The oldest resident in the Curragh is not a person….it is a 1920 Pattern Whippet Rolls Royce. It was the 3rd of 100 armoured vehicles ordered by the British army and the delivery date was November 21st, 1920. Thirteen of these vehicles were handed over to the new Free State Provisional Government in the early months of 1922 and each one quickly received an unofficial name such as Slievenamon, The Baby, The Big Fella etc.
The vehicle first saw action in O’Connell Street at the outbreak of the Civil War when, as one of three turreted cars and a lorry, it assisted in the clearance of various buildings taken over by the Irregular forces. Upon the subsequent fleet numbering of the armoured vehicles, Slievenamon was allocated A.R.R. 2. In mid August Slievenamon was allocated to General Michael Collins, just recently appointed by the Government to the post of Commander in-Chief of the rapidly expanding army, as escort vehicle during his tour of military positions in the south of the country. The convoy left Dublin on August 20, travelling to the Curragh, and then on to Limerick, Mallow and finally Cork City.
August 22, saw the vehicle in West cork, when the convoy was ambushed by Irregulars at Beal-na-Blath on the road between Bandon and Macroom. The machine-gun on the Rolls Royce controversially jammed and it consequently contributed little to the efforts of the escort detail in fighting off the ambushers. The sad, tragic outcome was the death from a head wound of General Collins. Slievenamon survived the danger filled return trip to Cork and was shipped back to Dublin on the following day in the SS Classic, The ship commandeered by the Army to carry general’s body back to the capital. However, it was soon back in West Cork and was subsequently stolen in December from Bandon military post by the Anti-Treaty forces with the help of John MePeak, the vehicle’s machine-gunner. His payment was an arranged secret return to his native Scotland. He was subsequently arrested there, returned to Ireland and imprisoned in Portlaoise.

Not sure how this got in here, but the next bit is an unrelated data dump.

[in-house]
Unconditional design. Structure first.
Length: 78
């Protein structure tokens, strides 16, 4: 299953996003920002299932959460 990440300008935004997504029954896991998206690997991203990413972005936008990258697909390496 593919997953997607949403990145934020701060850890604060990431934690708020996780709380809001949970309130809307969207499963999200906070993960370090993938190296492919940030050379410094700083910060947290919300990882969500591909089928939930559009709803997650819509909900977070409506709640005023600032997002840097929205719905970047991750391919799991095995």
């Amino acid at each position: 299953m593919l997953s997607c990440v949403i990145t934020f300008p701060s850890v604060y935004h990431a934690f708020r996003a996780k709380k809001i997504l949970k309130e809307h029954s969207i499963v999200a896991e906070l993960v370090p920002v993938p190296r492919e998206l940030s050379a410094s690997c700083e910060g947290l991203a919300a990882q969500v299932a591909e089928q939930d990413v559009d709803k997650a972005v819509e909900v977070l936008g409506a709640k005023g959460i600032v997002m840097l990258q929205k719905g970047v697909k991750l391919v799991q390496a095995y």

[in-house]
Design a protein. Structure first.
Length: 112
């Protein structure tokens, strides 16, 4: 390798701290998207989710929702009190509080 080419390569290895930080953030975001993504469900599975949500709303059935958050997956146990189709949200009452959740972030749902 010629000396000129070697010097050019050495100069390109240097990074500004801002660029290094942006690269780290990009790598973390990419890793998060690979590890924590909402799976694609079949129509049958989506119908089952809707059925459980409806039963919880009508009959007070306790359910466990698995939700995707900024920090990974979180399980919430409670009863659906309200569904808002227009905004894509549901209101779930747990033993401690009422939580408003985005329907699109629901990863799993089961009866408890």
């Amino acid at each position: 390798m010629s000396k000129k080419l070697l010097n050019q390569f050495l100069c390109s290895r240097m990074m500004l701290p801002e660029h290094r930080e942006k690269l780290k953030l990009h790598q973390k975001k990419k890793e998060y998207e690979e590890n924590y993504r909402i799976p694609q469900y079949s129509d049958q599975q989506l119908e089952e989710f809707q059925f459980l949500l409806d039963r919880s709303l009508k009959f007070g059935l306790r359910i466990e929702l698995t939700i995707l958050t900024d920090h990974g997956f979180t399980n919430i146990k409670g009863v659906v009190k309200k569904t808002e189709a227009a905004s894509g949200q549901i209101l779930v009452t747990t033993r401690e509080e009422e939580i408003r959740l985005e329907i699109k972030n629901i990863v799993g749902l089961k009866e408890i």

The armoured car was used briefly by the irregulars in attacks on military posts in the Macroom area and then hidden under straw at farm near historic Gougane Barra. Some weeks later, following a tip-off, it was found by troops from Macroom who were assisted by group of officers attached to headquarters in Dublin. The tyres had been damaged and the Vickers machine-gun removed. Consequently it was necessary to tow the vehicle back to Macroom, initially by horse and then by truck. Incidentally, a certain Lt. James Fitzmaurice, subsequently to become famous as a transatlantic aviator, was also involved in the search, flying from Fermoy military airfield where he was Officer in charge. Whilst the recovery of Slievenamon was without fatality, one of the HQ officers, upon their return to Dublin, accidentally shot dead a mess steward during celebrations marking the successful outcome of their mission!
The first image above is of the Slievenamon as it is today. The second image shows the vehicle on the day of it’s arrival at the Curragh…the water tower can be seen in the background.
Images and information sourced from Sliabh na mBan “the jewel in the crown” by Bob Webster & Sister Veronica Treacy.